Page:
Warning: Suicide Squad spoilers ahead, continue at your own risk
Now that Suicide Squad has finally hit theaters, the DCEU seems to have gained a bit more footing in the world of cohesive superhero universes. Even in the face of lukewarm reviews, the story of Task Force X has proven insanely popular with die-hard fans of the DC lore. Much of this is due to the proper handling of beloved characters, and no DC character present in Suicide Squad is quite as beloved as The Joker.
However, while Jared Leto's Joker is one of Suicide Squad's biggest assets, he also happens to represent one of its biggest issues. David Ayer's supervillain team-up has a major Joker problem because it cannot seem to figure out that right amount of The Clown to utilize. Some of us at the Cinema Blend offices think his role in the film is too big, while others think it's too small. We've gone through the events of Suicide Squad and presented arguments for both sides of the debate, and we want hear what you have to say as well. Now let's get started with those who think Joker has too much screen time...
Suicide Squad Features Too Much Joker
Without question The Joker's best scenes in Suicide Squad occur during the first act when we see Harley Quinn's flashbacks, particularly the brief sequences taking place in Arkham Asylum. Watching him corrupt Dr. Harleen Quinzel, and then subsequently seeing them unleash absolute chaos on Gotham pretty much ensures that Joker peaks early during Suicide Squad, and his present day scenes never match that visceral tone.
Suicide Squad makes it abundantly clear that Joker will stick around the DCEU for quite some time, and as such there's a serious argument to be made that Joker should have disappeared from the movie as soon as Batman (Ben Affleck) captured Harley Quinn (Margot Robbie) in the Gotham Bay. Having the character vanish at this point would have sent him out on a high note, and it left a loose end that Warner Bros. could address during the events of Ben Affleck's solo Batman movie.
Suicide Squad Doesn't Feature Enough Joker
On the other hand, there's also a legitimate case to be made for the notion that Suicide Squad severely underused the Clown Prince of Crime. We already know that at least 10 minutes of Joker scenes wound up on the cutting room floor, and those sequences could have gone a long way towards fleshing out this new version of Mr. J. and his relationship to the rest of the DCEU.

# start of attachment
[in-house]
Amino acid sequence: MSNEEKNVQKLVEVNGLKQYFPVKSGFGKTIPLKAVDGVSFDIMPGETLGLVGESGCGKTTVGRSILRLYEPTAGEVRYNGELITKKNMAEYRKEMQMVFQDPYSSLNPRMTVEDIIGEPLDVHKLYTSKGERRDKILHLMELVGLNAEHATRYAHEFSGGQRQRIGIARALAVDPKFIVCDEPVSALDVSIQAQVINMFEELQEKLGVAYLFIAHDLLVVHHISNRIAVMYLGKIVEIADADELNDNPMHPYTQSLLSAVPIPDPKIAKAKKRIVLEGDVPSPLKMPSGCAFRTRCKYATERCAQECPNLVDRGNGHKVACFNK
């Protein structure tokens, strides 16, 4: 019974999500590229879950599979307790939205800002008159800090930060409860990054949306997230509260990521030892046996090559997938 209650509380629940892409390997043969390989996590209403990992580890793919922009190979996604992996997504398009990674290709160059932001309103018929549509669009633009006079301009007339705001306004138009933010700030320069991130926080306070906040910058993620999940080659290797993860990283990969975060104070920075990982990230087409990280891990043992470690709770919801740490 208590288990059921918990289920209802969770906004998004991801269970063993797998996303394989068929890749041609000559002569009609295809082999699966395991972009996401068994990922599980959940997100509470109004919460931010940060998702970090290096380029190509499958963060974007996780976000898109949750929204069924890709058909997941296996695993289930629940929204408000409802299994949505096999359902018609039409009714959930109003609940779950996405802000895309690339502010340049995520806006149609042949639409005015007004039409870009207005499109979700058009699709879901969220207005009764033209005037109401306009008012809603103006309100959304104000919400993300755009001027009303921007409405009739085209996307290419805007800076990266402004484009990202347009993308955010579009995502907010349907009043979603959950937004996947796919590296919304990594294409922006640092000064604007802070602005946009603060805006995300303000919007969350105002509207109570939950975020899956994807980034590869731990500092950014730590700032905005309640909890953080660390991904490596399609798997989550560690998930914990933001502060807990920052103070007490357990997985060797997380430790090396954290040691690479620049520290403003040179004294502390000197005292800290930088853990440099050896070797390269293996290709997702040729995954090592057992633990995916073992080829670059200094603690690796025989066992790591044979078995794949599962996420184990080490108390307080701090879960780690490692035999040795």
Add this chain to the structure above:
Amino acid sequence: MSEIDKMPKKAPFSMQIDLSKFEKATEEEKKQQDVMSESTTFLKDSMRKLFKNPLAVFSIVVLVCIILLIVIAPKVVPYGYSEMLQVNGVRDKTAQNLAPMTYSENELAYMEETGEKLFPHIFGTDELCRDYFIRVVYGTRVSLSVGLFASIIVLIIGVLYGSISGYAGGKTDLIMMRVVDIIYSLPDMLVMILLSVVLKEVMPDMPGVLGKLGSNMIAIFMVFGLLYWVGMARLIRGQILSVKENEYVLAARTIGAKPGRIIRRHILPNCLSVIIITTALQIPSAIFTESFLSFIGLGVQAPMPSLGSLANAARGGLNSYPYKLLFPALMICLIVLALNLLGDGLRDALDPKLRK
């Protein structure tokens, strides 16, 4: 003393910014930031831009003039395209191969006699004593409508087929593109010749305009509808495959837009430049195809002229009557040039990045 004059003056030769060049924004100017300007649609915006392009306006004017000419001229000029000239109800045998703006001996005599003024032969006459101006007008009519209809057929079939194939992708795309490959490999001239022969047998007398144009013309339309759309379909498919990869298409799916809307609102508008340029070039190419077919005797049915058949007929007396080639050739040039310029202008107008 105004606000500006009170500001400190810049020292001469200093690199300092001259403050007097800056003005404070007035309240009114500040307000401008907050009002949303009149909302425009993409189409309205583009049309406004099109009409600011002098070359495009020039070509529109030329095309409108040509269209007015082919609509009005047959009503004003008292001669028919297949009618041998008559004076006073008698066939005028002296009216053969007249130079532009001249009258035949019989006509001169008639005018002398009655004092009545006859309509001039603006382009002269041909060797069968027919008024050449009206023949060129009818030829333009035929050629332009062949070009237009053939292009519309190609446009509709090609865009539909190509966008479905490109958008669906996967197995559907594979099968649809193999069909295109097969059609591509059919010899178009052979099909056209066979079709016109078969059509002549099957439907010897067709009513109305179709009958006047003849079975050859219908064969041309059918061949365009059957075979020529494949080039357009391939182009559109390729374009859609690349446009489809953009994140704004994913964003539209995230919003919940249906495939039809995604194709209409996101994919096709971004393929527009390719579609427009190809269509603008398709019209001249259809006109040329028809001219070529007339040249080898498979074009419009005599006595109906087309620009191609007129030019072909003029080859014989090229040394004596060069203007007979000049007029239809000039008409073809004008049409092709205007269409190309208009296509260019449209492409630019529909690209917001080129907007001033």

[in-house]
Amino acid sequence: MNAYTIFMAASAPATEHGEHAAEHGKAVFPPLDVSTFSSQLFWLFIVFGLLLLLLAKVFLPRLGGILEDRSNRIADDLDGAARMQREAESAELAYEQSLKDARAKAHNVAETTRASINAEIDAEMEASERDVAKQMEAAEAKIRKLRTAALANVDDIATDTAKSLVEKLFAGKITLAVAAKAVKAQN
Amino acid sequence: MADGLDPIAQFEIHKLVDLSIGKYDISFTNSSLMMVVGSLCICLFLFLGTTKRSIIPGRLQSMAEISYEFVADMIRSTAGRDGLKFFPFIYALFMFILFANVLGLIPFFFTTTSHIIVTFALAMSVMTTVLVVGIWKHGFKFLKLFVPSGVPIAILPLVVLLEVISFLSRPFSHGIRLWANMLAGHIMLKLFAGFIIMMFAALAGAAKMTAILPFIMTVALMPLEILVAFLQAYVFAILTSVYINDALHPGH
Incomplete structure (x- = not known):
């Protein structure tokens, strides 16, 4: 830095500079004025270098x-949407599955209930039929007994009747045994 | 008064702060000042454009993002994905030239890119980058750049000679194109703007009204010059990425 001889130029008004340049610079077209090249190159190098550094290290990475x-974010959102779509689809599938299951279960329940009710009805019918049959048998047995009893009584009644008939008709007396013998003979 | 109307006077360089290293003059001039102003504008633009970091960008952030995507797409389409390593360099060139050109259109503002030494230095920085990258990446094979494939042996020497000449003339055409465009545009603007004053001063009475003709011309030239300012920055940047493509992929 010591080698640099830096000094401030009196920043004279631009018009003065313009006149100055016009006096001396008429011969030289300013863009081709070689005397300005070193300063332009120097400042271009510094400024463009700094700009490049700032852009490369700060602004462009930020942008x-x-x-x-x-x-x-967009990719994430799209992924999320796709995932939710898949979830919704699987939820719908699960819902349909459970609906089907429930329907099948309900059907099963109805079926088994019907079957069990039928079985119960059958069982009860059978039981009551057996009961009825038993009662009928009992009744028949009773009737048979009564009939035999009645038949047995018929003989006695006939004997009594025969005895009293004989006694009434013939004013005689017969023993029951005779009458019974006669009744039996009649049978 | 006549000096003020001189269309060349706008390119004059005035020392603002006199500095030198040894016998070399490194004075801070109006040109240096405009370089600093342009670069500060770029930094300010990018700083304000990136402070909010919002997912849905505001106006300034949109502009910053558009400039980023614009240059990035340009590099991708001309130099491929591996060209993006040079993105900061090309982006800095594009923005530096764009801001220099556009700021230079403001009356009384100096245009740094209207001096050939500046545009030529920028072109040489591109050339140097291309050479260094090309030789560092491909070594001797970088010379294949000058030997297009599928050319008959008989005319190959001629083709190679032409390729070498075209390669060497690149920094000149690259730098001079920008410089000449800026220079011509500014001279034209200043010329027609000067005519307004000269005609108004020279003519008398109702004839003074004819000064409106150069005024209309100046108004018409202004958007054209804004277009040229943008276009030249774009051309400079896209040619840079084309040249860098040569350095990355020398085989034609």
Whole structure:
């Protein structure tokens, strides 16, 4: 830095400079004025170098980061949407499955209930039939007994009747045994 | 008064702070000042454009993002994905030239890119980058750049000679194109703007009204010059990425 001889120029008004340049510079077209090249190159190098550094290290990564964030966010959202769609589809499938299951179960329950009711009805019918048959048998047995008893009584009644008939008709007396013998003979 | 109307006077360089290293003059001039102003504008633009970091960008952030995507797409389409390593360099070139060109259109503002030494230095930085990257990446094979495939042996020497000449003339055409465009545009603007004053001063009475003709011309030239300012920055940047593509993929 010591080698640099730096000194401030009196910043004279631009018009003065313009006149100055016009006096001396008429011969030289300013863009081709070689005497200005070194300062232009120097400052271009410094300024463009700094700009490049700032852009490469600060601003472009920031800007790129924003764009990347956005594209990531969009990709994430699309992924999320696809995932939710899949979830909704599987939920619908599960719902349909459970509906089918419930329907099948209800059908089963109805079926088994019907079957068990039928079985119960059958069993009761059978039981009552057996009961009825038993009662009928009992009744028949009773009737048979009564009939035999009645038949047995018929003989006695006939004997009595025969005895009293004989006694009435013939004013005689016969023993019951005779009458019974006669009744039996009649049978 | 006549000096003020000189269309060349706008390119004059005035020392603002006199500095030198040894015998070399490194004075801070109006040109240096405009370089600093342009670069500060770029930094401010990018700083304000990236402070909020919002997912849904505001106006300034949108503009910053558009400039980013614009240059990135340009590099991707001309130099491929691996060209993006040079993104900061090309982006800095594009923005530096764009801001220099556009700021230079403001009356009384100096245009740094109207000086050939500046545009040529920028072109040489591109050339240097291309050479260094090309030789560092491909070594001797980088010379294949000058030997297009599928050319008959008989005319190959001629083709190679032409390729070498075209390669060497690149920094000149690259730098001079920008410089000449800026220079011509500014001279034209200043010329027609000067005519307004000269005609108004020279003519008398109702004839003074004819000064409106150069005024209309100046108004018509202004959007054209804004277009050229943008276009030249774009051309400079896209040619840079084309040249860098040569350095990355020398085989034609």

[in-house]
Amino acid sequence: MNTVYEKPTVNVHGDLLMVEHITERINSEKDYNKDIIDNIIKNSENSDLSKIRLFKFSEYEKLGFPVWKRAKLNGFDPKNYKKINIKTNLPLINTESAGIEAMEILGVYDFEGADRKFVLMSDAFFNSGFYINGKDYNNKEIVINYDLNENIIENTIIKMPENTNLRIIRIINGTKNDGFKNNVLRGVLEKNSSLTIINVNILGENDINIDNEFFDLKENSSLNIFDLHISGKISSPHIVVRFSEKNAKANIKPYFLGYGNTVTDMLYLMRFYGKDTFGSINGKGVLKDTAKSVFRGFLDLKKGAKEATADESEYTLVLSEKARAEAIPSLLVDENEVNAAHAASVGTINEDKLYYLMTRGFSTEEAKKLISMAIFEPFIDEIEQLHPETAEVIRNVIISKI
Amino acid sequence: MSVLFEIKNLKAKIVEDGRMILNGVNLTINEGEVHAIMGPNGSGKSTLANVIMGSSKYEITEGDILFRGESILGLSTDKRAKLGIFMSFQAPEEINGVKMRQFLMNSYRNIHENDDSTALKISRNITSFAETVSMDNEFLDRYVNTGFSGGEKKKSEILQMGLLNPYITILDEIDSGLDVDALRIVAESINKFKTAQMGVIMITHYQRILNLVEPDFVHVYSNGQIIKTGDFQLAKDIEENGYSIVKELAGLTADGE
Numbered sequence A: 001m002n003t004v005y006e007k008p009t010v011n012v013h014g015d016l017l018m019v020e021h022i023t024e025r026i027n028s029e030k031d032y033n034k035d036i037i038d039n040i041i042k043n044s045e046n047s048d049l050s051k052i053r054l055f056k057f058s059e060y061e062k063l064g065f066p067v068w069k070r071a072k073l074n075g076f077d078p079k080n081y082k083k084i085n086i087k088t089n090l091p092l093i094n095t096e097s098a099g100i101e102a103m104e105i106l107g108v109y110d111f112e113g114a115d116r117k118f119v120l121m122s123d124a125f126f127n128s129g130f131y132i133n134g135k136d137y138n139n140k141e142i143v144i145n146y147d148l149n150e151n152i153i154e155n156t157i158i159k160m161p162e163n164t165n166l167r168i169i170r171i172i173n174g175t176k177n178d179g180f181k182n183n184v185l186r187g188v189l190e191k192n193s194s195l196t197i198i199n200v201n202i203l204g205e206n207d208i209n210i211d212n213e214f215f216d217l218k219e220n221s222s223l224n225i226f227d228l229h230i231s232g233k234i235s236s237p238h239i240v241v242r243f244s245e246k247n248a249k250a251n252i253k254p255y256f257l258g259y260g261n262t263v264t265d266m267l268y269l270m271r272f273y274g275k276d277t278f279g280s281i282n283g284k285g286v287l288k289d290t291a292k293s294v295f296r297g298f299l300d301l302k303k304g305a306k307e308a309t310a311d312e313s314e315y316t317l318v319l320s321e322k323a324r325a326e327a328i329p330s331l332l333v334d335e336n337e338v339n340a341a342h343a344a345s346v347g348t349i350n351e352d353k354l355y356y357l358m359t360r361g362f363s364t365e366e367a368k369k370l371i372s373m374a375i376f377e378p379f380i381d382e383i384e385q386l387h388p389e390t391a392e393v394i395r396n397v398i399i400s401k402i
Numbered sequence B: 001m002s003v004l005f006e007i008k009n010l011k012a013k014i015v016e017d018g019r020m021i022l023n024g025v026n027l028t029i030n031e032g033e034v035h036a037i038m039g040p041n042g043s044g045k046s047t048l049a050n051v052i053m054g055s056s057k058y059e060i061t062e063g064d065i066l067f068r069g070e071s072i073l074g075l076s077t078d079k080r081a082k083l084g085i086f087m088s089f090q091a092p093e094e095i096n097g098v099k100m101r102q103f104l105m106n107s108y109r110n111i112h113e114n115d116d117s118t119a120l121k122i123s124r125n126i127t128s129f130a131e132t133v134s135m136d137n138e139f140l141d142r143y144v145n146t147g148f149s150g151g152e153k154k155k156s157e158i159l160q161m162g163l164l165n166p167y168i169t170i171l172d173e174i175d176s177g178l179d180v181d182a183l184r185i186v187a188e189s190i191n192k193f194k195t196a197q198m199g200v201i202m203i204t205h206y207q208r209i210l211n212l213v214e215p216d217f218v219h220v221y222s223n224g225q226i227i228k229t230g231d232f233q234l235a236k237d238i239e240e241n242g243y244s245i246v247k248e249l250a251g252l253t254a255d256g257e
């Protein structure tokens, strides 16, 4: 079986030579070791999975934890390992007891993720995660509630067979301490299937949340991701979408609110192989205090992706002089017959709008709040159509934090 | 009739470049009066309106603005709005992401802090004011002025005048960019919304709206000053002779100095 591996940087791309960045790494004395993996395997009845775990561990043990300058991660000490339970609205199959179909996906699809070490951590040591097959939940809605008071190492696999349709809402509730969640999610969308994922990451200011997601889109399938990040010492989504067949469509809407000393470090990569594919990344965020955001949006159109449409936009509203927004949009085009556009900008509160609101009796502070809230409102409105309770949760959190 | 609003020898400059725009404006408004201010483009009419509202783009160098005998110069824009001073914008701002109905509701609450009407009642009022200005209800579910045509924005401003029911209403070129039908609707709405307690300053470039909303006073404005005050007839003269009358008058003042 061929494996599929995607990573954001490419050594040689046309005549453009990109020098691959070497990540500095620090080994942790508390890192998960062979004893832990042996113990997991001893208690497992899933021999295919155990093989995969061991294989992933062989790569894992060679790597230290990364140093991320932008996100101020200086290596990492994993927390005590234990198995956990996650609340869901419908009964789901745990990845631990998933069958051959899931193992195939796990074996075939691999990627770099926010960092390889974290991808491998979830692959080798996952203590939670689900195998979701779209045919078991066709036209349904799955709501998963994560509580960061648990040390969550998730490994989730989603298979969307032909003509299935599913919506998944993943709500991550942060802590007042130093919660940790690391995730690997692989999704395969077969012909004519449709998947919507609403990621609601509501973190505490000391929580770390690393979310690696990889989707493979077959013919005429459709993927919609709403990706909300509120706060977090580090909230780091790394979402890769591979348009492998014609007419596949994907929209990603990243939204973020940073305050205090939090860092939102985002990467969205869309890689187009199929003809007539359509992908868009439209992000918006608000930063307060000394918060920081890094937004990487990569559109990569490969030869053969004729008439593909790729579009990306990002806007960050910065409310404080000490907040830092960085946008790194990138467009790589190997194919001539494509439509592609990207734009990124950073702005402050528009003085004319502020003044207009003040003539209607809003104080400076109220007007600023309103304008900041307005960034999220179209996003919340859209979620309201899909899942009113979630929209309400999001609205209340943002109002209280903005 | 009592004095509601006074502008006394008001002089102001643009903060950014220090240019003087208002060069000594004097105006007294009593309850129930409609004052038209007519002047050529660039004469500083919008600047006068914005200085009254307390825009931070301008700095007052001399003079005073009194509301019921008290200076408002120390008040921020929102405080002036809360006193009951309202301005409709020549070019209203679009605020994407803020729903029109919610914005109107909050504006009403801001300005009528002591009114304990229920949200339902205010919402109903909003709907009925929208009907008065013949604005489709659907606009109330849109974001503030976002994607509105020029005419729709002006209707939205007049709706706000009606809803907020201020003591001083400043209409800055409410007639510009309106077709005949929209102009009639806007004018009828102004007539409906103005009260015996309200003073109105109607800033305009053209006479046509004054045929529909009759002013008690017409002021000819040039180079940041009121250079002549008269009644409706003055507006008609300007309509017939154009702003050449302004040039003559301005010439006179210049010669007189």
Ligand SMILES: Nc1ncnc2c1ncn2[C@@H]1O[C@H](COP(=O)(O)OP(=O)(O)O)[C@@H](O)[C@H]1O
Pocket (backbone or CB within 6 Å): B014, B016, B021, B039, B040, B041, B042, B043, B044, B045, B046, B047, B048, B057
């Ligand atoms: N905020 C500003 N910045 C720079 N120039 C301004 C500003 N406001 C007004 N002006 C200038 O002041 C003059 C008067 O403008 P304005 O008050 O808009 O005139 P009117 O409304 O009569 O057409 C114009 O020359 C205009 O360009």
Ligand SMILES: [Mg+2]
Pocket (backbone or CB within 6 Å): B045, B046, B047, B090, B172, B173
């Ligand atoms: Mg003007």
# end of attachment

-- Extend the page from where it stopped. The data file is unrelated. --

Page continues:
As it stands, Joker just pops in and out of the run time of Suicide Squad, but he never really does anything meaningful that progresses the plot forward. Giving the character more to do and more characters to interact with could have helped establish him properly and present him as a much bigger threat to Task Force X throughout the mission. Because he doesn't get enough to do he can often feel like an ineffective villainous presence. Suicide Squad already suffers from having an incredibly weak central villain in the form of Cara Delevingne's Enchantress, so having Joker exist as a prominent wild card could have given the film a much bigger sense of unpredictability and danger. After all, that's what he does best.
Which Is Better?
It's difficult to determine which of these decisions would represent the better option for Suicide Squad. As it stands, we're inclined to believe that a more restrained approach to the Clown Prince of Crime would have improved the overall film. Joker is an eternal performer, and the best performers know that you always leave the audience wanting more. Suicide Squad has a number of plates to spin; it shouldn't have become quite so encumbered by the presence of DC's biggest villain.
Ultimately this debate might not have a definitive answer. Suicide Squad definitely has a problem when it comes to Joker's screen time, but the nature of that problem remains very much open for discussion. If you've seen the latest entry in the DCEU, let us know what you think about The Joker, his portrayal, and his screen time in the comments section below!
Originally from Connecticut, Conner grew up in San Diego and graduated from Chapman University in 2014. He now lives in Los Angeles working in and around the entertainment industry and can mostly be found binging horror movies and chugging coffee.
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